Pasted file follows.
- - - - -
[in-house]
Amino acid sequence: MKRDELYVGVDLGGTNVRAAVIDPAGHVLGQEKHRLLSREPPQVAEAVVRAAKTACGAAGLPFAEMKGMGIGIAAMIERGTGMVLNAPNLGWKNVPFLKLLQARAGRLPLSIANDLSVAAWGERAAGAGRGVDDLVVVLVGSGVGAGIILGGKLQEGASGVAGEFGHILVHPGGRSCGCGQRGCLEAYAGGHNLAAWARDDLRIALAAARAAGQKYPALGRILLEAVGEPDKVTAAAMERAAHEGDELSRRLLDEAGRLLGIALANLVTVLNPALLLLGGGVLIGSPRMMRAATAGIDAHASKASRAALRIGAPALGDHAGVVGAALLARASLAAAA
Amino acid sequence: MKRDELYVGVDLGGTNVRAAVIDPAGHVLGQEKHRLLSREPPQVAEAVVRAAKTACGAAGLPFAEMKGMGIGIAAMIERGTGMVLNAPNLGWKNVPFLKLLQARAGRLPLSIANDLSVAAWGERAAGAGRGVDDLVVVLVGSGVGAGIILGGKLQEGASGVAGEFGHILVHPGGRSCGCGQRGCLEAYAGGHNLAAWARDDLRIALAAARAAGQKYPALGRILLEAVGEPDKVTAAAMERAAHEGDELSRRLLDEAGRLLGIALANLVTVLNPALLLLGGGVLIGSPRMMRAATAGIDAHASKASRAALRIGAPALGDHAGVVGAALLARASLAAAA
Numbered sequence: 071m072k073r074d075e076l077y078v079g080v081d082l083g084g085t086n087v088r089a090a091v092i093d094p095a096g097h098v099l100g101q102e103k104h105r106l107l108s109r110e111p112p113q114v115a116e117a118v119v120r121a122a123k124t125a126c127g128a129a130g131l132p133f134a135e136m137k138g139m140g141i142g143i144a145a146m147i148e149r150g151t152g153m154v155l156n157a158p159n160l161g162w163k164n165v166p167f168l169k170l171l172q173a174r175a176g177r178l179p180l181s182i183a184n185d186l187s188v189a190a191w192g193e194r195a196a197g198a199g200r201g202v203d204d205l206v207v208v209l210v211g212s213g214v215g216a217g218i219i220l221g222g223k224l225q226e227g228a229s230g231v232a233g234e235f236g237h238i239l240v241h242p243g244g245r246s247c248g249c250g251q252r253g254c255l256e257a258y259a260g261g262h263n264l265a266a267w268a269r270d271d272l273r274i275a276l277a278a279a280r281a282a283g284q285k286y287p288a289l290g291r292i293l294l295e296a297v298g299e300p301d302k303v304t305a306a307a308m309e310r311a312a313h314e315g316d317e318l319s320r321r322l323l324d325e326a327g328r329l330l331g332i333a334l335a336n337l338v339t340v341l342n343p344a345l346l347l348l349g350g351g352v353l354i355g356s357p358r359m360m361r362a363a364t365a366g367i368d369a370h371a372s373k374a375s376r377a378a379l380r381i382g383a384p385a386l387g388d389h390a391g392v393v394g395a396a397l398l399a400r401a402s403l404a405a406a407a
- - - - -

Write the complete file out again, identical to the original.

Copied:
[in-house]
Amino acid sequence: MKRDELYVGVDLGGTNVRAAVIDPAGHVLGQEKHRLLSREPPQVAEAVVRAAKTACGAAGLPFAEMKGMGIGIAAMIERGTGMVLNAPNLGWKNVPFLKLLQARAGRLPLSIANDLSVAAWGERAAGAGRGVDDLVVVLVGSGVGAGIILGGKLQEGASGVAGEFGHILVHPGGRSCGCGQRGCLEAYAGGHNLAAWARDDLRIALAAARAAGQKYPALGRILLEAVGEPDKVTAAAMERAAHEGDELSRRLLDEAGRLLGIALANLVTVLNPALLLLGGGVLIGSPRMMRAATAGIDAHASKASRAALRIGAPALGDHAGVVGAALLARASLAAAA
Amino acid sequence: MKRDELYVGVDLGGTNVRAAVIDPAGHVLGQEKHRLLSREPPQVAEAVVRAAKTACGAAGLPFAEMKGMGIGIAAMIERGTGMVLNAPNLGWKNVPFLKLLQARAGRLPLSIANDLSVAAWGERAAGAGRGVDDLVVVLVGSGVGAGIILGGKLQEGASGVAGEFGHILVHPGGRSCGCGQRGCLEAYAGGHNLAAWARDDLRIALAAARAAGQKYPALGRILLEAVGEPDKVTAAAMERAAHEGDELSRRLLDEAGRLLGIALANLVTVLNPALLLLGGGVLIGSPRMMRAATAGIDAHASKASRAALRIGAPALGDHAGVVGAALLARASLAAAA
Numbered sequence: 071m072k073r074d075e076l077y078v079g080v081d082l083g084g085t086n087v088r089a090a091v092i093d094p095a096g097h098v099l100g101q102e103k104h105r106l107l108s109r110e111p112p113q114v115a116e117a118v119v120r121a122a123k124t125a126c127g128a129a130g131l132p133f134a135e136m137k138g139m140g141i142g143i144a145a146m147i148e149r150g151t152g153m154v155l156n157a158p159n160l161g162w163k164n165v166p167f168l169k170l171l172q173a174r175a176g177r178l179p180l181s182i183a184n185d186l187s188v189a190a191w192g193e194r195a196a197g198a199g200r201g202v203d204d205l206v207v208v209l210v211g212s213g214v215g216a217g218i219i220l221g222g223k224l225q226e227g228a229s230g231v232a233g234e235f236g237h238i239l240v241h242p243g244g245r246s247c248g249c250g251q252r253g254c255l256e257a258y259a260g261g262h263n264l265a266a267w268a269r270d271d272l273r274i275a276l277a278a279a280r281a282a283g284q285k286y287p288a289l290g291r292i293l294l295e296a297v298g299e300p301d302k303v304t305a306a307a308m309e310r311a312a313h314e315g316d317e318l319s320r321r322l323l324d325e326a327g328r329l330l331g332i333a334l335a336n337l338v339t340v341l342n343p344a345l346l347l348l349g350g351g352v353l354i355g356s357p358r359m360m361r362a363a364t365a366g367i368d369a370h371a372s373k374a375s376r377a378a379l380r381i382g383a384p385a386l387g388d389h390a391g392v393v394g395a396a397l398l399a400r401a402s403l404a405a406a407a